Why Startups are Agile and Opportunistic

Wednesday, April 14th, 2010

A startup is an organization formed to search for a repeatable and scalable business model, Steve Blank says:

At a board meeting last week I watched as the young startup CEO delivered bad news. “Our current plan isn’t working. We can’t scale the company. Each sale requires us to handhold the customer and takes way too long to close. But I think I know how to fix it.” He took a deep breath, looked around the boardroom table and then proceeded to outline a radical reconfiguration of the product line (repackaging the products rather than reengineering them) and a change in sales strategy, focusing on a different customer segment. Some of the junior investors blew a gasket. “We invested in the plan you sold us on.” A few investors suggested he add new product features, others suggested firing the VP of Sales. I noticed that through all of this, the lead VC just sat back and listened.

Finally, when everyone else had their turn, the grey-haired VC turned to the founder and said, “If you do what we tell you to do and fail, we’ll fire you. And if you do what you think is right and you fail, we may also fire you. But at least you’d be executing your plan not ours. Go with your gut and do what you think the market is telling you. That’s why we invested in you.” He turned to the other VC’s and added, “That’s why we write the checks and entrepreneurs run the company.”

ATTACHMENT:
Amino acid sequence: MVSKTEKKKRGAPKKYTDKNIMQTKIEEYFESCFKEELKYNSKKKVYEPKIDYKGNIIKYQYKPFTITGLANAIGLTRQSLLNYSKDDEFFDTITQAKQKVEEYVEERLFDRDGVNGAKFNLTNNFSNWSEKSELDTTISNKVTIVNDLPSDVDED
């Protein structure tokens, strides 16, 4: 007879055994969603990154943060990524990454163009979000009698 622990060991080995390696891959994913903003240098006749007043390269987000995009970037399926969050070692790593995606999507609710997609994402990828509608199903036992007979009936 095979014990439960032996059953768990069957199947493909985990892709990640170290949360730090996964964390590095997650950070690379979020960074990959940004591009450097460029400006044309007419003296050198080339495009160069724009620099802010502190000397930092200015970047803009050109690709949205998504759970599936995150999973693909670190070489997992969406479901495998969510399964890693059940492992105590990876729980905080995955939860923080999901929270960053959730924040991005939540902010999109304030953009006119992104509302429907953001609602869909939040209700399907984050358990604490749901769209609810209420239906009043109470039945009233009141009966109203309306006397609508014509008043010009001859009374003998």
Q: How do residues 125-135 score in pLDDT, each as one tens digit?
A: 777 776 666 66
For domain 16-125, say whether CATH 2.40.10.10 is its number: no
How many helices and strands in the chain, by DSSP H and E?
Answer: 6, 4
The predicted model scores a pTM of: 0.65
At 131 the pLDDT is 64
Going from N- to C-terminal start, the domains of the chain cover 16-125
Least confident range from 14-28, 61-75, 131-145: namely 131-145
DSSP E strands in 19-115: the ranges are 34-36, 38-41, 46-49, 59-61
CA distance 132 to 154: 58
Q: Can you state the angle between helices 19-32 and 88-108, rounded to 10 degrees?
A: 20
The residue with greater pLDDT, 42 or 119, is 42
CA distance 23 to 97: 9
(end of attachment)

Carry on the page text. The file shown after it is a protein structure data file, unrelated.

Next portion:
1. Aretae says:

    Very related to something I was going to post before my hiatus. Since error is a core feature of LUE (Life the Universe, and Everything), we should model startups in terms of error.

    A startup survives if it has enough juice to handle the inevitable course corrections that are required. This normally means having enough money, but gumption, and willingness to change are a big part of it too.

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